Many years ago, I got into the good habit of keeping a journal while my kids were growing up. Here’s one of my favorite entries.
My daughter, who is in the first grade, went to an art museum with her class today. She told her Mom that lots of statues were showing their private parts. In the morning she had also showered with her mother, so not surprisingly, my daughter came out of it saying she wants breasts.
Kids, of course, occasionally think of precocious thoughts that simply float away. But I cannot help contrast her childhood to mine. I never showered with the parent of my own sex; in fact, luckily, I have yet to see my parents naked. When my mother was pregnant with my brother, I was my daughter’s age, and I had seen a picture of a stork that held, from its beak, a sling with a baby. There were fluffy clouds in the background, and that’s where my brother was coming from—the sky.
One day, our tenant’s daughter, Manon, claimed that my baby brother was in my mother’s belly. I remember exactly what crack of the sidewalk I was about to step on when she said that. Manon had made the world stop. I recall looking across the street at the front entrance, expecting my mother to magically open the door and promptly deny the absurdity. It was like being told that the milk came out of the milkman’s ear.
Luckily, later that evening, after laughing and realizing that I was not ready for the truth, my mother assured me that a stork would indeed bring the baby home. Astonishingly, even though I know from recent accounts that my mother had apparently remained relatively thin throughout the pregnancy, I had never noticed her belly. My brother was not exactly born hamster-sized, so I must have never looked below her face.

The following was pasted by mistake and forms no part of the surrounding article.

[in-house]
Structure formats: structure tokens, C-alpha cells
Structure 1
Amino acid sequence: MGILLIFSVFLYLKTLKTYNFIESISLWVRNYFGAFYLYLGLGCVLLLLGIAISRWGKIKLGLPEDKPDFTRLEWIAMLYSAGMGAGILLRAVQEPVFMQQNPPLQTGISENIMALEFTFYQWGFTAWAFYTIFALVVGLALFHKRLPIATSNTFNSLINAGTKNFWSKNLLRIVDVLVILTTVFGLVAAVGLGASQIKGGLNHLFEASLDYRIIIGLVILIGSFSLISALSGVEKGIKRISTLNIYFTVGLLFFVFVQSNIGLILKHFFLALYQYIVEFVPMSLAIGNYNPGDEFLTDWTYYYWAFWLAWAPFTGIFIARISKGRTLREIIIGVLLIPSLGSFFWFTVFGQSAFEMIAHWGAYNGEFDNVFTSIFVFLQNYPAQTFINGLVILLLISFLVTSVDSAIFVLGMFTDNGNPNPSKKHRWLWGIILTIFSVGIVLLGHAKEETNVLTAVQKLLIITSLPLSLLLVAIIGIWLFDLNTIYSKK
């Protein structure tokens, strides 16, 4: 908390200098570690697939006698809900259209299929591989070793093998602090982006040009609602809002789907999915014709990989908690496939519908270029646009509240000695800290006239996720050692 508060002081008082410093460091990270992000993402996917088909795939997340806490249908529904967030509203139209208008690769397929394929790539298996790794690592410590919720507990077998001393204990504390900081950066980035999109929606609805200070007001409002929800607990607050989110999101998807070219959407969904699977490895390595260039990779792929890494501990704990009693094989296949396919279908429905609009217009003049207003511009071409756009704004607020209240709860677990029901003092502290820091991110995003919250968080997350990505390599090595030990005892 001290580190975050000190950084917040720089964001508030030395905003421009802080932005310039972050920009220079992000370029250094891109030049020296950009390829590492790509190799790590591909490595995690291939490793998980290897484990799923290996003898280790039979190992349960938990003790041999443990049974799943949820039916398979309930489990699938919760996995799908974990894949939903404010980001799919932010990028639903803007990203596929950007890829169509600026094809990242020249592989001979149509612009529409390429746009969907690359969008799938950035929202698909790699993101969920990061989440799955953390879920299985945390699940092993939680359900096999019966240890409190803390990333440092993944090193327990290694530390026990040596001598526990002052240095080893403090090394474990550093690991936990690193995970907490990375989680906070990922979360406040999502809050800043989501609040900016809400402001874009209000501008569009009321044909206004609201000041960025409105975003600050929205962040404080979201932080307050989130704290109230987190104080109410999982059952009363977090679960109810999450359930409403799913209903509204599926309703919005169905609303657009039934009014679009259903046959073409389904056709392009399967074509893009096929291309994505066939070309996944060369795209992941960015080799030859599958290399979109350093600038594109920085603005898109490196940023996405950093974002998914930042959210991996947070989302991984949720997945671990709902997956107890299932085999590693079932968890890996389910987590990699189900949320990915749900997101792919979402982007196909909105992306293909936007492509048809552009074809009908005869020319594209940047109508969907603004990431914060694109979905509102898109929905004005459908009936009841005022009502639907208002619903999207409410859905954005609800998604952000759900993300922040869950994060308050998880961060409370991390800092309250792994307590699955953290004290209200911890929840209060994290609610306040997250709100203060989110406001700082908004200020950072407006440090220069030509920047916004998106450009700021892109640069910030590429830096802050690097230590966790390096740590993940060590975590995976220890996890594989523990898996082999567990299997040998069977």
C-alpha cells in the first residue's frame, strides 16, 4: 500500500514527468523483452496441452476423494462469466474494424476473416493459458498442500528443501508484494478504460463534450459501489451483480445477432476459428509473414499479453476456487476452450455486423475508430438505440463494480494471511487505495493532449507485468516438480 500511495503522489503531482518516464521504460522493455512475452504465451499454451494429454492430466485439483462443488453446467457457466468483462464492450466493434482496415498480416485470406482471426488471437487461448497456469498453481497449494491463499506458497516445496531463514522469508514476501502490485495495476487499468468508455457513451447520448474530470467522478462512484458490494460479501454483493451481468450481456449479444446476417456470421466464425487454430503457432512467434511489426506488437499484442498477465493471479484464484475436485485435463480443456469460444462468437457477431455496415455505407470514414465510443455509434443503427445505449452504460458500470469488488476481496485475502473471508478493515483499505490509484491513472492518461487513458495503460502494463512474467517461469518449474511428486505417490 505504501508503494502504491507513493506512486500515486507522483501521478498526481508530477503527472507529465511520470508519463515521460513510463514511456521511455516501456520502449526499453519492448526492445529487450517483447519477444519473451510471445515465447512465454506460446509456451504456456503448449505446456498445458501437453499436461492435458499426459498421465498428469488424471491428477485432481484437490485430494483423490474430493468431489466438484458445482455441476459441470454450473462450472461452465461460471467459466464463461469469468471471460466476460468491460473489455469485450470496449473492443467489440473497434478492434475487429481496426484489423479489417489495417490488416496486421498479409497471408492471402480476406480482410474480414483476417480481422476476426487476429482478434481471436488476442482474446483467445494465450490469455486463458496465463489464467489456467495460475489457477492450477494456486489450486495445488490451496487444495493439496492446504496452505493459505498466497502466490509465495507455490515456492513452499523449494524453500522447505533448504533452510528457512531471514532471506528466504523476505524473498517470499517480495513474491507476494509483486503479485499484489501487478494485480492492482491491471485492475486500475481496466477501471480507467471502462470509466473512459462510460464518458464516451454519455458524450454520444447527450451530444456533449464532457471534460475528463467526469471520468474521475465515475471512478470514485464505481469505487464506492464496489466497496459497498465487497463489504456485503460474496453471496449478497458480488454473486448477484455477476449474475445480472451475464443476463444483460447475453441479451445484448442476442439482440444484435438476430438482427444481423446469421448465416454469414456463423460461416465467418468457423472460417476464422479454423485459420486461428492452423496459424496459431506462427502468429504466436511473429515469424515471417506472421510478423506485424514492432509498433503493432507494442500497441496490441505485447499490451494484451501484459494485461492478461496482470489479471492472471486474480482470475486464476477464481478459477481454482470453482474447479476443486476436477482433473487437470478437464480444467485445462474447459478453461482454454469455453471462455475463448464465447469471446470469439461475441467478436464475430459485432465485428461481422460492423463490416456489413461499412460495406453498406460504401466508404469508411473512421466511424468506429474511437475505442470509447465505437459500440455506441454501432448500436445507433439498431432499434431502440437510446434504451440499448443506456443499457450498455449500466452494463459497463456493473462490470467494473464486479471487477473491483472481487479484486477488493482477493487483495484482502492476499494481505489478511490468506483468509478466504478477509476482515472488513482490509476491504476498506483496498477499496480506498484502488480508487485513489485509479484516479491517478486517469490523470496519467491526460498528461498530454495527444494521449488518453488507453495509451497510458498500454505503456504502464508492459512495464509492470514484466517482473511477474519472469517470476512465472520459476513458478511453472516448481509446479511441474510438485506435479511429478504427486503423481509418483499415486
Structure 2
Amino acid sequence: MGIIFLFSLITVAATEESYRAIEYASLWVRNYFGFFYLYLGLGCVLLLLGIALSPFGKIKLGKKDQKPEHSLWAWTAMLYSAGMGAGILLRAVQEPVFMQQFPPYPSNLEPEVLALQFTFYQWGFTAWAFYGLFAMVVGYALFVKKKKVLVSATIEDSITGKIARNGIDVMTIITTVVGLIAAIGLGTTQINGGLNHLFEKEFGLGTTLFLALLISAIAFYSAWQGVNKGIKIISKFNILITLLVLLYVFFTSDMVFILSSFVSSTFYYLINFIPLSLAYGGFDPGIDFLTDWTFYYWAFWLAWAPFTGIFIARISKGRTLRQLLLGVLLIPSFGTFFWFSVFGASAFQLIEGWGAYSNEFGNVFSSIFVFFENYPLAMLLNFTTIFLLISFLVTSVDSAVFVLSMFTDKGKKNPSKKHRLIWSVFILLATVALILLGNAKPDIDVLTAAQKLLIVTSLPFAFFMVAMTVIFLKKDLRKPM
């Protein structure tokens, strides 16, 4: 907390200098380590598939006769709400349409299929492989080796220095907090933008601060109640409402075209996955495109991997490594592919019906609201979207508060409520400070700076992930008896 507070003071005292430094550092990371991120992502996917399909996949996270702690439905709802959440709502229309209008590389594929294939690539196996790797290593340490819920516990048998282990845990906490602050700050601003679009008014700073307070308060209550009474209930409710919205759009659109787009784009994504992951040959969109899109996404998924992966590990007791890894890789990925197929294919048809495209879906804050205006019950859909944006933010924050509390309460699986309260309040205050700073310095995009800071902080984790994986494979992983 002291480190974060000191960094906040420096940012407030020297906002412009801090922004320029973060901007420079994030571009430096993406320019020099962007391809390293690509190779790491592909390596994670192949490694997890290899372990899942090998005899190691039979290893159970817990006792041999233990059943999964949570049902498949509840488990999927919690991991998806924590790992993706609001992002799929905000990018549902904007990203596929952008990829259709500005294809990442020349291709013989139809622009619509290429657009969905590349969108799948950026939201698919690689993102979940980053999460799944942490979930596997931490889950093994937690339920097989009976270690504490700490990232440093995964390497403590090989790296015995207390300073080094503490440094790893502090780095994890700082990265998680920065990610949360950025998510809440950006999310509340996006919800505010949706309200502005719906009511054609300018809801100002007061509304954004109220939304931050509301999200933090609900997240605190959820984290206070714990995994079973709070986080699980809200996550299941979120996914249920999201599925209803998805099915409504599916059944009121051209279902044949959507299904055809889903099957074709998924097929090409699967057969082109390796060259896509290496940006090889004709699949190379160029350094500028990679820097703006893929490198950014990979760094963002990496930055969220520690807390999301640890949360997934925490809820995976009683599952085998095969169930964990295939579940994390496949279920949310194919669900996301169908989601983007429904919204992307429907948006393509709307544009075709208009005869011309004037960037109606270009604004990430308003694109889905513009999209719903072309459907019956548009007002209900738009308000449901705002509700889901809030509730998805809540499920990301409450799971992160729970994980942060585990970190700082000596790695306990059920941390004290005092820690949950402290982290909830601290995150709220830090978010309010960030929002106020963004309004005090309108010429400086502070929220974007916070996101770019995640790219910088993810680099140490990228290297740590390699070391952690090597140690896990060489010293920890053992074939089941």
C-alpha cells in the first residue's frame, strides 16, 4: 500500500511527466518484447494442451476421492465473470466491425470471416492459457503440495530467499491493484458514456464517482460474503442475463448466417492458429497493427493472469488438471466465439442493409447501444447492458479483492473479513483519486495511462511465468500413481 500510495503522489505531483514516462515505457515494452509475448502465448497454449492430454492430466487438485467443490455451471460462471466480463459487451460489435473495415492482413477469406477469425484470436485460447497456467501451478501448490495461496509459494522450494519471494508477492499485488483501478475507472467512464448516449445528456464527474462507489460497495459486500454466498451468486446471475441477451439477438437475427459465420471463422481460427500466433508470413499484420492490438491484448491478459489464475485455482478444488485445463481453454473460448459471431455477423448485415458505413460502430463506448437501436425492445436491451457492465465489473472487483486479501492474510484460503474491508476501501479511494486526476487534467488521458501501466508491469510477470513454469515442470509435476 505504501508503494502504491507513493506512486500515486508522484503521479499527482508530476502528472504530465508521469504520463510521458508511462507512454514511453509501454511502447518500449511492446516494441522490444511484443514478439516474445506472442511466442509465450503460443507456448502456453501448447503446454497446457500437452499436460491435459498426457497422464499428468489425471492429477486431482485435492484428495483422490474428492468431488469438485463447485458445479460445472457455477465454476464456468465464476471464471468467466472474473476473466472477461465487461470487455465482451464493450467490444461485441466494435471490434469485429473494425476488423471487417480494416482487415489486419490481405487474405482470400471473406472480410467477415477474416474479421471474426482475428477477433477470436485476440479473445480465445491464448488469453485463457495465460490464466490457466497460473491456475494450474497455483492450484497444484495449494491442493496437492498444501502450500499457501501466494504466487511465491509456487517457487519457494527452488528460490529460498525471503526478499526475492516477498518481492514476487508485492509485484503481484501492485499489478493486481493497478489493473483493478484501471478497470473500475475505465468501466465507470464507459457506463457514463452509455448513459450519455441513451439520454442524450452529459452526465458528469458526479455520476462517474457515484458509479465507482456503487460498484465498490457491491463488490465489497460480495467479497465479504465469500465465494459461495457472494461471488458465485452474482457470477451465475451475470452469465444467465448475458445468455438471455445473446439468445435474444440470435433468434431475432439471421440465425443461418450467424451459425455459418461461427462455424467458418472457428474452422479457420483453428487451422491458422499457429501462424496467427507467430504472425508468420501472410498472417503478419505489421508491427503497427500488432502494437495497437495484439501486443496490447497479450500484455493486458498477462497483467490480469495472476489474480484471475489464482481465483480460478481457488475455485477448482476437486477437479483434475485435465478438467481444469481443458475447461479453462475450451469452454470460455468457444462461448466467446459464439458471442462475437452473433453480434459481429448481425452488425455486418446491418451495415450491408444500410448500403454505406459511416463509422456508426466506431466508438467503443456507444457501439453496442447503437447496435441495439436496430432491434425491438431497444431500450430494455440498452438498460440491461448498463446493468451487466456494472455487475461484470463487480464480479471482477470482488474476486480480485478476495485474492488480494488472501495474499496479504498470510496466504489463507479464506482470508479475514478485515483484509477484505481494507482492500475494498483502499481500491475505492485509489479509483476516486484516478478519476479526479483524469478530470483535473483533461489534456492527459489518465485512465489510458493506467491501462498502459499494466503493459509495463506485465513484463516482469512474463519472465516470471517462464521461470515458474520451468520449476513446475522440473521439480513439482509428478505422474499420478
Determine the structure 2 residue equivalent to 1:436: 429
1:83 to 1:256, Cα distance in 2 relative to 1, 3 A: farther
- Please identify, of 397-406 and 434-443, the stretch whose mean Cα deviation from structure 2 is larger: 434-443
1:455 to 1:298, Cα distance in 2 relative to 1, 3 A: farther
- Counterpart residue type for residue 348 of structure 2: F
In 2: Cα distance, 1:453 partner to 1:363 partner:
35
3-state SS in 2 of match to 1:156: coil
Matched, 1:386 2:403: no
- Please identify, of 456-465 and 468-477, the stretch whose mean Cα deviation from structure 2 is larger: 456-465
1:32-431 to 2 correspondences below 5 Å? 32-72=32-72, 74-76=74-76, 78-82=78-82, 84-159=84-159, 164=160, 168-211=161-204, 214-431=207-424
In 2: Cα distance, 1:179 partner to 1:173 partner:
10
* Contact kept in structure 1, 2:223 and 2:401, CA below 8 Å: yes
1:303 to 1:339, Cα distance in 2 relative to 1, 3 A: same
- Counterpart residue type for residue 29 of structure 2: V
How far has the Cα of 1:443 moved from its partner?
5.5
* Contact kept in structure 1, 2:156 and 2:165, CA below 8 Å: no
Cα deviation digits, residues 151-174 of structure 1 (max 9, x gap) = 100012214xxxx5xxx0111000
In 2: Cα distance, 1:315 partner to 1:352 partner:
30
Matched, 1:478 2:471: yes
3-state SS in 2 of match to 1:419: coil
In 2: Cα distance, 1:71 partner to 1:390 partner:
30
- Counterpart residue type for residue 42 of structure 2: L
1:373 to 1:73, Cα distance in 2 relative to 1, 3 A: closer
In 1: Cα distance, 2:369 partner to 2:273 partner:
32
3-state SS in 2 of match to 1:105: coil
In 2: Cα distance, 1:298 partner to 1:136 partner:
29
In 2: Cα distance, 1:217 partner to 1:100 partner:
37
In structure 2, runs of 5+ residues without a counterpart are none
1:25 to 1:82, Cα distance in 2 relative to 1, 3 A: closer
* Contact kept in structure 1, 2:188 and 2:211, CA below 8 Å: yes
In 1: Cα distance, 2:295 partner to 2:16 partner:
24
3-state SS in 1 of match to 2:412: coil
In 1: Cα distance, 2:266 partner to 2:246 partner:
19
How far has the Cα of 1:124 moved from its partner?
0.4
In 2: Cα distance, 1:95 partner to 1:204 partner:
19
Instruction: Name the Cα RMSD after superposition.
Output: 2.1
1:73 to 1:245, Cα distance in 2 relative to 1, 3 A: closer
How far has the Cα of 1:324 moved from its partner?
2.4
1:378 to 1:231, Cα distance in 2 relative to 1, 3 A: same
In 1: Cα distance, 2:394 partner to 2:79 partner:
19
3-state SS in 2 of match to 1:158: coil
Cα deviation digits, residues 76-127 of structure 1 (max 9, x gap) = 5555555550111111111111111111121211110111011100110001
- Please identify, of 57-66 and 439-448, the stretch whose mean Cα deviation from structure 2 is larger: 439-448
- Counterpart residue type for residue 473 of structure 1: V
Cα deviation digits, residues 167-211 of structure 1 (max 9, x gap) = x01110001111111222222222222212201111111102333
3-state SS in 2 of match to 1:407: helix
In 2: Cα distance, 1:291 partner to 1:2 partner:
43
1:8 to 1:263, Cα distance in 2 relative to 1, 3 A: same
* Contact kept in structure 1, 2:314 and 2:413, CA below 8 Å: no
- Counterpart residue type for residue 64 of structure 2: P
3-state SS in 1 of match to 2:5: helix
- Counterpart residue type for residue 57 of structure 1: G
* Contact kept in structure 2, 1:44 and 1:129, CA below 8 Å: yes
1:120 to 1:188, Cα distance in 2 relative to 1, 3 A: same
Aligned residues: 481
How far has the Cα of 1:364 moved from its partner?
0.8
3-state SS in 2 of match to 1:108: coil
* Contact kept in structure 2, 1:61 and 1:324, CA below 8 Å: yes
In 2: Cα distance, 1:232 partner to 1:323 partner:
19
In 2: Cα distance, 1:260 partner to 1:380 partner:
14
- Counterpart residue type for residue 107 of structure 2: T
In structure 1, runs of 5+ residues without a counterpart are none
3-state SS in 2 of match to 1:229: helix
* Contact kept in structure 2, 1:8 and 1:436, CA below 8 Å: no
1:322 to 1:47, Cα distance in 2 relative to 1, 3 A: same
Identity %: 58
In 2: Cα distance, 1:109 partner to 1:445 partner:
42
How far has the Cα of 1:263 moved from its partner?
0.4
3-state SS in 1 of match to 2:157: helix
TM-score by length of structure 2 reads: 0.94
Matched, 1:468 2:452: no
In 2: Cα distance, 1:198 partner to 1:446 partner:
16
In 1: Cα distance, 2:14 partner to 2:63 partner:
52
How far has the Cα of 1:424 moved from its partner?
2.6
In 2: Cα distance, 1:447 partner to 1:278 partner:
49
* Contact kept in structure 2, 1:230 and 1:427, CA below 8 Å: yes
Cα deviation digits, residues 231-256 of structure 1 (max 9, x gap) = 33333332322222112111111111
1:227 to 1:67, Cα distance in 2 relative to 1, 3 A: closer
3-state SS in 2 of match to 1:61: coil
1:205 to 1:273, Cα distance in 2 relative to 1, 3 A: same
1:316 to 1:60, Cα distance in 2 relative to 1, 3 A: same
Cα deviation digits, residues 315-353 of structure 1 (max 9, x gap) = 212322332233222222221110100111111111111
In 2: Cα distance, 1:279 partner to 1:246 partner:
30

Five years later in the sixth grade, my friend, whose first name was the same as mine, came to school with a shocking piece of news. As we walked past the nun’s residence, he quoted a World Book Encyclopaedia article on reproduction. It claimed the process started when a male part of the anatomy was placed in the female counterpart. How could that lead to a baby? Could unscrewing the back of a TV and sticking a prosciutto ( ham) into it create a cooking show? But half the boys in our class seemed to confirm what was in print, and the encyclopaedia had never lied to me. I wrestled with the idea for a week, considering the possibility that a secret had been kept from me. But accepting the idea became more difficult when the same friend had concluded that this was only one way of reproducing. Surely, our parents had used some other means.
A few weeks ago my daughter, who has a fascination with bones, was looking at some anatomy drawings in one of our medical books. She turned the pages and came across a diagram of a scrotum and asked what it was for. It produces seed needed to make a baby, I told her. “That’s how babies are made?” she asked, grimacing. I realized that I had told her too much.
Our children need their childhood.